Boxing: The Science Behind the Punch

When former Manchester United defender Rio Ferdinand announced that he intended to apply for a professional boxing licence, he received a mixed reception from the boxing community. Promoter Barry Hearn, told BBC Radio 5 Live that: “It’s laughable,” adding, “he could get himself badly hurt.” Former WBC cruiserweight champion Tony Bellow was equally scathing: “He’s making a mockery of our sport.” Former two-weight world champion Ricky Hatton  also offered a few words of warning: “Boxing is a hard sport and you can’t play at boxing. He needs to make sure that he doesn’t cut any corners and gets the right training and support.”

However, there was no “Rocky” inspired outcome for Ferdinand who was refused a professional boxing licence by the British Boxing Board of Control. And there lies the problem for Ferdinand and others like him – there are no shortcuts to learning the skills required to box at a professional level. Skills, that are honed through years of practice, in unpredictable and changing environments: in the gym; during sparring; competing as an amateur; and eventually, if good enough, by progressing through the paid ranks as a professional boxer.

Boxers are generally taught from an early age the fundamental principles involved in executing boxing skills: the stance, movement, punching technique and the defences required to protect themselves. The jab is the most effective and important weapon in the boxer’s arsenal, and although it may seem like an easy punch to perform, it is in fact, one that requires considerable practice and a high degree of skill.

When thrown correctly, the jab is a serious of synchronised movements involving the legs, trunk and arms. The mechanics of the punching action includes the obvious movements of the upper extremities as well as the not so obvious movements of the trunk and lower extremities. However, it is these less obvious movements of the lower body that contribute greatly to the production of the punch, and the part of the technique that needs to be learned from the start.

Renowned sports scientist, Professor Yuri Verkhoshansky, and his colleagues, writing in the Soviet Sports Review, reported that the muscle groups contributing to the jab are 39% leg, 37% trunk and 24% arm. Indicating that the trunk and lower extremities account for 76% of the effort required to deliver the punch. The jab is initiated from the on-guard position, with the boxer’s feet approximately shoulder width apart and body weight evenly distributed from front to rear. The front foot is flat on the floor with the front leg slightly flexed at the knee. The heel of the real foot is off the floor, supporting the rear flexed knee. The rear foot is offset at an angle of approximately 90o and the trunk is turned sideways in a natural alignment with the feet. The hands are held high in a relaxed position.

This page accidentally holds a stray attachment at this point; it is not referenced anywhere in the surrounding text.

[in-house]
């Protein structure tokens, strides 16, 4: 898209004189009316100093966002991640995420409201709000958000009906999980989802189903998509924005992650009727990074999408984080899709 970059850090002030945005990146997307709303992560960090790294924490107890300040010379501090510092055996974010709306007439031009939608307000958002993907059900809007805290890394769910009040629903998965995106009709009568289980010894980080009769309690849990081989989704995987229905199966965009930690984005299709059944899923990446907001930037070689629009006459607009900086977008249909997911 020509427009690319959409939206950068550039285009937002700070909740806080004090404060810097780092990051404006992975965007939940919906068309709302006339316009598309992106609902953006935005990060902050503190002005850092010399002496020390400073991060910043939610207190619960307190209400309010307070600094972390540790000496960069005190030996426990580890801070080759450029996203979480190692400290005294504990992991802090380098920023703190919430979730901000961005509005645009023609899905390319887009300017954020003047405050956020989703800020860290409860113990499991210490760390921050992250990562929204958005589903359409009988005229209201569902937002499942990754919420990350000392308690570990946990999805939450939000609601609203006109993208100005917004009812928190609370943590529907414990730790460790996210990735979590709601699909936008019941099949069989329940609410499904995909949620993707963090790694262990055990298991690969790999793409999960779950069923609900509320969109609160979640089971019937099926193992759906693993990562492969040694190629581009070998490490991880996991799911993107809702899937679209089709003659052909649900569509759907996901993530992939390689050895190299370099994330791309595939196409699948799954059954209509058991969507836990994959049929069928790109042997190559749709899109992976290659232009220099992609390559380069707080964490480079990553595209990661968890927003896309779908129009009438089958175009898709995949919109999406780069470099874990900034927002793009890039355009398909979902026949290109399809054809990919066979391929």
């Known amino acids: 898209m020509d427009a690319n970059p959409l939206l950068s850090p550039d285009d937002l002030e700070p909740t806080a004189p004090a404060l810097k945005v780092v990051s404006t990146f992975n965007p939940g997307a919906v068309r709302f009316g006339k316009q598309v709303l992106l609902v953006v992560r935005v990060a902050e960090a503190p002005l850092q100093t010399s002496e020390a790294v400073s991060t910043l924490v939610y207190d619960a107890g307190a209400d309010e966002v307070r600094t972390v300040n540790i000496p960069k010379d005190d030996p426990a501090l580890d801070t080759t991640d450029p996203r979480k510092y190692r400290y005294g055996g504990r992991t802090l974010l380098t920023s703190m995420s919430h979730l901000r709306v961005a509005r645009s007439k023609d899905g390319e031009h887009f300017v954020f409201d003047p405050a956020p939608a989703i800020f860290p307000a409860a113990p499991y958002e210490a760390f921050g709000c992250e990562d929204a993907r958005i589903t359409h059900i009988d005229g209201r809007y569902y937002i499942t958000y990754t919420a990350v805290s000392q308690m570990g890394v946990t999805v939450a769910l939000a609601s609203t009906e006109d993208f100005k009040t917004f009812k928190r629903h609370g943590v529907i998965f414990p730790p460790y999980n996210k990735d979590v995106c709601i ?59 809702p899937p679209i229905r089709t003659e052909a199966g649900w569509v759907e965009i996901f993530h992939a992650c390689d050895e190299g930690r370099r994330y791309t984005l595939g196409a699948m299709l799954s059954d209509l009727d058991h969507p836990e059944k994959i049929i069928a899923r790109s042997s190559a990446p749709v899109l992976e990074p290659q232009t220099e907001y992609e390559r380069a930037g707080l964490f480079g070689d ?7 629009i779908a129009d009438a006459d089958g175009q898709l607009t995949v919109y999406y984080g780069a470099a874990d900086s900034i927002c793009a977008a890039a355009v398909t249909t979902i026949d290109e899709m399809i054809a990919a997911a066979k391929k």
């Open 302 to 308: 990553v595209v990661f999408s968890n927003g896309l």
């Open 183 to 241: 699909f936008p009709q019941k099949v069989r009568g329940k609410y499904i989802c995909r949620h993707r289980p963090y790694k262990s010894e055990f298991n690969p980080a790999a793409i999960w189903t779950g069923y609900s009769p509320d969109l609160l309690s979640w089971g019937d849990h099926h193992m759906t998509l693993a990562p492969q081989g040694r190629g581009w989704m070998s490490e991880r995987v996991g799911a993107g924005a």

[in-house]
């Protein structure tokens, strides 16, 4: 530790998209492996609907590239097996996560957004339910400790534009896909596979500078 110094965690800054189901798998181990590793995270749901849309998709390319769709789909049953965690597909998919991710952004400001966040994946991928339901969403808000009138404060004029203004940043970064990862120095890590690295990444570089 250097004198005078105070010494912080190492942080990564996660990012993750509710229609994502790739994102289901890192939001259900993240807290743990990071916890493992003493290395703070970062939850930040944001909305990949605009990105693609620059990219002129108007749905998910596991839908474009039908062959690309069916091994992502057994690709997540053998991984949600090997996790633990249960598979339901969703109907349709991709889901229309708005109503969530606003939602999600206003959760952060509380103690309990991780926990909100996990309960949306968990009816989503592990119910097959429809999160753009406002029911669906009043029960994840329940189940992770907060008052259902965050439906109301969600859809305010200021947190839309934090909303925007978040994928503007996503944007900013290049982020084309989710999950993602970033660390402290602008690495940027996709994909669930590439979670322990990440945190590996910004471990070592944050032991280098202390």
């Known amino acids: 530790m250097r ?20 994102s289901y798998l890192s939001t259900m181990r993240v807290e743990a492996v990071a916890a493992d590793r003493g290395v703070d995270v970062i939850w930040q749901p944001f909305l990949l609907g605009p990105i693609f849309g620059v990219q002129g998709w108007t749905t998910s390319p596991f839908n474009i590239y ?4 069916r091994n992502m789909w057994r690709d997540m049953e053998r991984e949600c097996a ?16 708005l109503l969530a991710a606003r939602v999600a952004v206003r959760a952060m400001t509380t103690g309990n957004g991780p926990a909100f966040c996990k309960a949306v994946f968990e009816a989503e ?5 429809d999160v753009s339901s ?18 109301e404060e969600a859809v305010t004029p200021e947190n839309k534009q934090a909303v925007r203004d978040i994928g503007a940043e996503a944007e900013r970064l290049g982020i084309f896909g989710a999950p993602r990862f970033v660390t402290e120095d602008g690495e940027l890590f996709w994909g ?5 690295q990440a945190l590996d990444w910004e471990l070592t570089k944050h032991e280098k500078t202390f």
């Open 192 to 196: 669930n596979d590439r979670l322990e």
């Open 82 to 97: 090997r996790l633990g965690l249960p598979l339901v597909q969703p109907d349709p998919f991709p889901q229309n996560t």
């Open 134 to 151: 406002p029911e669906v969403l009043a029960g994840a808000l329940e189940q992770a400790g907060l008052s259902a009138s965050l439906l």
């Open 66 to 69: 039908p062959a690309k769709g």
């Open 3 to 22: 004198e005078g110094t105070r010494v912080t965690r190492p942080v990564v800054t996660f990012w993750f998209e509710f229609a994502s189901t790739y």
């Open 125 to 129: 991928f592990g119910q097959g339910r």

Dr Yuri Koryak, in a study to assess neuromuscular speed and speed-strength in boxers, stated that the “punching process begins with a neurological impulse in the great toe”. An action that results in plantar flexion of the rear foot, which enables the boxer to push off and extend the rear leg, allowing the hips to rotate around the vertical axis. The action of the hips, trunk and shoulder girdle act as “wheel and axle” mechanisms about the supporting hip joint. The upper extremity is used as a lever system consisting of shoulder flexion and elbow extension, with the punch thrown in a straight line so the fist has a smaller linear displacement.

Boxing is a technical sport, and the jab is only one of many punching techniques that must be learned. Likewise, for every punch thrown there are many defensive techniques and movements that must be mastered for boxers to protect themselves. Skill acquisition is a long and drawn out process that can take months and even years to reach the autonomous stage. Rio Ferdinand and other retired athletes looking to “test” themselves must give the sport the respect it deserves. For the ill-prepared, boxing can be a dangerous sport, and there are no shortcuts.

Words: IM

First published in The Sports Journal

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